TSO’s in Poland name insufficient financial resources as the biggest problem. The vast majority of presently functioning non-profits were set up after the collapse of communism in 1989. Their only asset was the enthusiasm of their founders who were mere citizens. What was even more difficult was the fact that the area of typical non-profits’ activity (i.e. provision of health care, education and other social services) had been monopolized by the public sector during communism and later on, in some parts, was opened up for market competition. In the absence of any start-up capital or fixed assets, having no support from the state, and trying to earn a living in a society pauperized after the economic collapse of communism, followed by harsh liberal reforms, the new-born non-profits had very limited possibilities to become producers of institutionalized services (schools, hospitals etc.) Instead, the vast majority of them developed non-mandatory services, typically without paid employment.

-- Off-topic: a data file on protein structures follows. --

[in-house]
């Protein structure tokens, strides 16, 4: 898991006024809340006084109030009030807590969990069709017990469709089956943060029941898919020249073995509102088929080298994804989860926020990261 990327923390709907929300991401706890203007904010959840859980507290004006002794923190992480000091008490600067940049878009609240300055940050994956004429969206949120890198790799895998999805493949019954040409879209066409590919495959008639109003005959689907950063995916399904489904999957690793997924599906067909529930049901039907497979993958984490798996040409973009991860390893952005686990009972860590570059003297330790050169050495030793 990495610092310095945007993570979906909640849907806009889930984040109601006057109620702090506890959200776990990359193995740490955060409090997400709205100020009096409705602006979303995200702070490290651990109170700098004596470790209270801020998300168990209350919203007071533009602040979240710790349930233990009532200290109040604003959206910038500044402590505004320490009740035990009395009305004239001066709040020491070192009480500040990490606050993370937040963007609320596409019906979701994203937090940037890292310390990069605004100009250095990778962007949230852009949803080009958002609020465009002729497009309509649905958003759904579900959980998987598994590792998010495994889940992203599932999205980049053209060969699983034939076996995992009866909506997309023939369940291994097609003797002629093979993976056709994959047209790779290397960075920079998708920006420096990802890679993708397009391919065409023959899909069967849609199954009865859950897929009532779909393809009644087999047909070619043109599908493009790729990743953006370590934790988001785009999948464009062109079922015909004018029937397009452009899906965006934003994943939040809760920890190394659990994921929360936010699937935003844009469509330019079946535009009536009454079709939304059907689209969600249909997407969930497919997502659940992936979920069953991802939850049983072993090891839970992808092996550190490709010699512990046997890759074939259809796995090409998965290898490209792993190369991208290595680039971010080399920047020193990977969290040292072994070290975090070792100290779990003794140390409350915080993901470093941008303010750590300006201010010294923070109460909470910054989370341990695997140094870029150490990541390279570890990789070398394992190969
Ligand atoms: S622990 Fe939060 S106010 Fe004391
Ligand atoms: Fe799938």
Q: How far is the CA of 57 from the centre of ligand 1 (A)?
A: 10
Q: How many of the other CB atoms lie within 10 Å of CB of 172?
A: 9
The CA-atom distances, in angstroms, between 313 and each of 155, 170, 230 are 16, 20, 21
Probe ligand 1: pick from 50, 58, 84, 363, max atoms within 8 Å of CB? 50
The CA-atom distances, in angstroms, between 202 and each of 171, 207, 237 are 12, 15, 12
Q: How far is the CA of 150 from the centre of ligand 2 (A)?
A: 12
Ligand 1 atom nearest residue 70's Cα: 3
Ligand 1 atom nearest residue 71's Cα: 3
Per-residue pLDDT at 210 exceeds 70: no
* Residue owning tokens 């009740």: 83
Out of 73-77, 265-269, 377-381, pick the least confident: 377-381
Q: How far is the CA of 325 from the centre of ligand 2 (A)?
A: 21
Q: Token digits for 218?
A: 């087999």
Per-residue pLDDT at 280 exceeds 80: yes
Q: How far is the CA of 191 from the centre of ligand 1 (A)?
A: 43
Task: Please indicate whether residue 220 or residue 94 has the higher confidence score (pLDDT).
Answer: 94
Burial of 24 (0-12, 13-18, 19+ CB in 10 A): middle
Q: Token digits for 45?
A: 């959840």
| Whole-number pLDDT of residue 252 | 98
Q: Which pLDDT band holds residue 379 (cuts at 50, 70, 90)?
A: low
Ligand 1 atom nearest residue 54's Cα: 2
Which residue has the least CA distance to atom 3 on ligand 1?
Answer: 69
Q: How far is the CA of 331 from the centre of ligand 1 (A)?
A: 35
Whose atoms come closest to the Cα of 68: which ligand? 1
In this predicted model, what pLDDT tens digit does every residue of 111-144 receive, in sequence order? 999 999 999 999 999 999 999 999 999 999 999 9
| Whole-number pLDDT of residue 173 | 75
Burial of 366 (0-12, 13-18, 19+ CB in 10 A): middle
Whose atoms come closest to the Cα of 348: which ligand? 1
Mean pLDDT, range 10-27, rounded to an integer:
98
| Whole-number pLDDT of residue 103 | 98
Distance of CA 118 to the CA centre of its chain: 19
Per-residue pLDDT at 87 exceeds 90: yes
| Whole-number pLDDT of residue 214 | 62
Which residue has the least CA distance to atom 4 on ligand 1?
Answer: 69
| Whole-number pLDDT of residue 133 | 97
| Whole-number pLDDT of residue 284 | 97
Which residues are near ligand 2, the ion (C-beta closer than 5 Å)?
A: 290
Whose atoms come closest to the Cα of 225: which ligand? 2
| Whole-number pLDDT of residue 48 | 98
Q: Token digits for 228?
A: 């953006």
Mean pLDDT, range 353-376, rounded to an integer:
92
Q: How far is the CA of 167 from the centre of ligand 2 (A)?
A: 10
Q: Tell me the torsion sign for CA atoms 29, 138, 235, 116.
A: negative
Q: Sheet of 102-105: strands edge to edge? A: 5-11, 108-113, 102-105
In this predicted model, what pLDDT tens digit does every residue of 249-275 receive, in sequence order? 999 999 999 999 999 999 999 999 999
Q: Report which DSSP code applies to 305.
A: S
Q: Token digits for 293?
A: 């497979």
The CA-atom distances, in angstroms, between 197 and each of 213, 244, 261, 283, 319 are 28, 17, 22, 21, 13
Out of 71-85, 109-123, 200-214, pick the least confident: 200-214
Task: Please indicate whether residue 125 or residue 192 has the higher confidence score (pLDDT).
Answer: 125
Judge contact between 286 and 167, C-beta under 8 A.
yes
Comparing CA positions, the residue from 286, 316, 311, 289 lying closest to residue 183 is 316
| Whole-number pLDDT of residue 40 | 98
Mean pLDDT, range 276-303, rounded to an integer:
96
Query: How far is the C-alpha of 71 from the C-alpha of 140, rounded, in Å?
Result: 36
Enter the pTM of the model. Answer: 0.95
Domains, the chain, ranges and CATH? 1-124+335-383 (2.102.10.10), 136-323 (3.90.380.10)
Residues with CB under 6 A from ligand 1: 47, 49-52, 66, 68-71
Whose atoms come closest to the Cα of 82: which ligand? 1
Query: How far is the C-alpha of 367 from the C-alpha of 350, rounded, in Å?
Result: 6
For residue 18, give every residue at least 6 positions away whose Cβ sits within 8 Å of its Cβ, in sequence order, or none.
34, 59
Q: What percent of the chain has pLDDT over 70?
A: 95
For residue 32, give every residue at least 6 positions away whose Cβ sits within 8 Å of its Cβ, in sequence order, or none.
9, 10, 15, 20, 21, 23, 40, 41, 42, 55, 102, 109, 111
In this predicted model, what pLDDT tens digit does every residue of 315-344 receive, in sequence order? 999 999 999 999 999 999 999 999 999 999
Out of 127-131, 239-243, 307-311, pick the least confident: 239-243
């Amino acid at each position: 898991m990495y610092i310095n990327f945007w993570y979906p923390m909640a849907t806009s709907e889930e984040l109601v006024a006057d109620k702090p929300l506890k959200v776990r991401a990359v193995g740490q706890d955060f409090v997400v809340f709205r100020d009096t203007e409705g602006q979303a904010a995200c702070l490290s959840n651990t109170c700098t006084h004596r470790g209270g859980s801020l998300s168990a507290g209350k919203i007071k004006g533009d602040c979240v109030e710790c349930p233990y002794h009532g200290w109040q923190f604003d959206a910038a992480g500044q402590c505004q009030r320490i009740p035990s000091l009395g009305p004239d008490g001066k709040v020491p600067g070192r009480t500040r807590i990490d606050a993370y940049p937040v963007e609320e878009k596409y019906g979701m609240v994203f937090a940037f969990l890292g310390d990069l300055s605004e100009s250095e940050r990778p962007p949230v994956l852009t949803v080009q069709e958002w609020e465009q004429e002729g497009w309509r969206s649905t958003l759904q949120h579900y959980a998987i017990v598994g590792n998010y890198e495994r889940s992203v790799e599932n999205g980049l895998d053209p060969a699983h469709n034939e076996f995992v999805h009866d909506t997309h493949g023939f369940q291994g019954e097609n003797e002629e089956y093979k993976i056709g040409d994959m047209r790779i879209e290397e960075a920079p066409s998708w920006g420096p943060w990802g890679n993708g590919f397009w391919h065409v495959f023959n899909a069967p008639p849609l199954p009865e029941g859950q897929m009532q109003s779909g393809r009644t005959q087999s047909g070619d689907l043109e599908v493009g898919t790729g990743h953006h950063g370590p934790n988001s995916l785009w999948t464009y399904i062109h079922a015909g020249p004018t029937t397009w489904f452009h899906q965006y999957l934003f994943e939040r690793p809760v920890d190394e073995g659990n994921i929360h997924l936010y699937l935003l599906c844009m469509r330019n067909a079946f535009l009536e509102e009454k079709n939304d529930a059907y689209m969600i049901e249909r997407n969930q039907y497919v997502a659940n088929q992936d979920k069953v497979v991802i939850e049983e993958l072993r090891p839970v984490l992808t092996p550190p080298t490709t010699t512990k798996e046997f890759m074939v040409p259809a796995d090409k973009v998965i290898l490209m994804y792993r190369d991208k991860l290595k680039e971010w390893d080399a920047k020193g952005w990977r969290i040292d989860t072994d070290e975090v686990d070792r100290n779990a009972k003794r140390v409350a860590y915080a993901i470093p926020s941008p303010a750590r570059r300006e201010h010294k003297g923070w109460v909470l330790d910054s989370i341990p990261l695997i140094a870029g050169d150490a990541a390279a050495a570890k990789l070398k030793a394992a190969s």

The second most mentioned barrier is the unsatisfactory provision of voluntary work. This problem was reported by 1/3 of associations and foundations surveyed. Between 2010 and 2012 the average number of volunteers in organizations that depend on them decreased by 15 per cent points.

Problems concerning law and legal procedures improved between 2008 and 2012, presumable due to major amendment to the Law on Public Benefit and Volunteering in 2010. The amendment was effectively lobbied by representatives of the associations and foundations sitting on the Council on Public Benefit and led to important improvements for non-profits in their relations with local governments.

Another barrier identified by TSI research was internal conflict, due to exhaustian of leaders and the pressure to adjust to external constraints. Make sure to read the full report on third sector barriers on Poland, available for download.